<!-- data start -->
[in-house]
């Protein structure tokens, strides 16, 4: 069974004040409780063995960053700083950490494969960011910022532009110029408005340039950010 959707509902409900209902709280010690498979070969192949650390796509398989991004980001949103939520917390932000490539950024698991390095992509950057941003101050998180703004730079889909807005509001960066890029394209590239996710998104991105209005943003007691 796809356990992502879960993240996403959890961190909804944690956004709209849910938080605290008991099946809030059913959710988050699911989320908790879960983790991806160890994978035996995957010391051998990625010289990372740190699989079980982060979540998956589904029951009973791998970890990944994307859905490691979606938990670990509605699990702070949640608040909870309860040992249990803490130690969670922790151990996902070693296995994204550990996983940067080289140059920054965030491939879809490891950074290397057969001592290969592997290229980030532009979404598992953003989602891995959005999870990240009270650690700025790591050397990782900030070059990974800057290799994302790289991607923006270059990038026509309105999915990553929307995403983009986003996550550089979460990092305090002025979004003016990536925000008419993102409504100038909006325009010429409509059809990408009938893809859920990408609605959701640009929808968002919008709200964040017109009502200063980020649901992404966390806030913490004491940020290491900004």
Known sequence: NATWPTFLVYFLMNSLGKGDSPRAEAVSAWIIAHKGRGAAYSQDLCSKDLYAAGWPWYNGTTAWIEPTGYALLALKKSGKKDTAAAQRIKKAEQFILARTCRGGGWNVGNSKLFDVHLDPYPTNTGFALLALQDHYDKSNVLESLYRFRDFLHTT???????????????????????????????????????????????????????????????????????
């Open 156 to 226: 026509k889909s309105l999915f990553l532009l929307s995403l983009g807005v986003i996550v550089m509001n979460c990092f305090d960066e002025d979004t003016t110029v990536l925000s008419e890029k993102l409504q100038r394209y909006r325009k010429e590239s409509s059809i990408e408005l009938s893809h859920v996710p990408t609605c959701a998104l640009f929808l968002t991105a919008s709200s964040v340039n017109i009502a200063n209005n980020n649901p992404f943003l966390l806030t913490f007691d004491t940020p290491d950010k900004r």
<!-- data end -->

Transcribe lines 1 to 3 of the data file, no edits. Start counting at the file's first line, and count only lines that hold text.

[in-house]
């Protein structure tokens, strides 16, 4: 069974004040409780063995960053700083950490494969960011910022532009110029408005340039950010 959707509902409900209902709280010690498979070969192949650390796509398989991004980001949103939520917390932000490539950024698991390095992509950057941003101050998180703004730079889909807005509001960066890029394209590239996710998104991105209005943003007691 796809356990992502879960993240996403959890961190909804944690956004709209849910938080605290008991099946809030059913959710988050699911989320908790879960983790991806160890994978035996995957010391051998990625010289990372740190699989079980982060979540998956589904029951009973791998970890990944994307859905490691979606938990670990509605699990702070949640608040909870309860040992249990803490130690969670922790151990996902070693296995994204550990996983940067080289140059920054965030491939879809490891950074290397057969001592290969592997290229980030532009979404598992953003989602891995959005999870990240009270650690700025790591050397990782900030070059990974800057290799994302790289991607923006270059990038026509309105999915990553929307995403983009986003996550550089979460990092305090002025979004003016990536925000008419993102409504100038909006325009010429409509059809990408009938893809859920990408609605959701640009929808968002919008709200964040017109009502200063980020649901992404966390806030913490004491940020290491900004």
Known sequence: NATWPTFLVYFLMNSLGKGDSPRAEAVSAWIIAHKGRGAAYSQDLCSKDLYAAGWPWYNGTTAWIEPTGYALLALKKSGKKDTAAAQRIKKAEQFILARTCRGGGWNVGNSKLFDVHLDPYPTNTGFALLALQDHYDKSNVLESLYRFRDFLHTT???????????????????????????????????????????????????????????????????????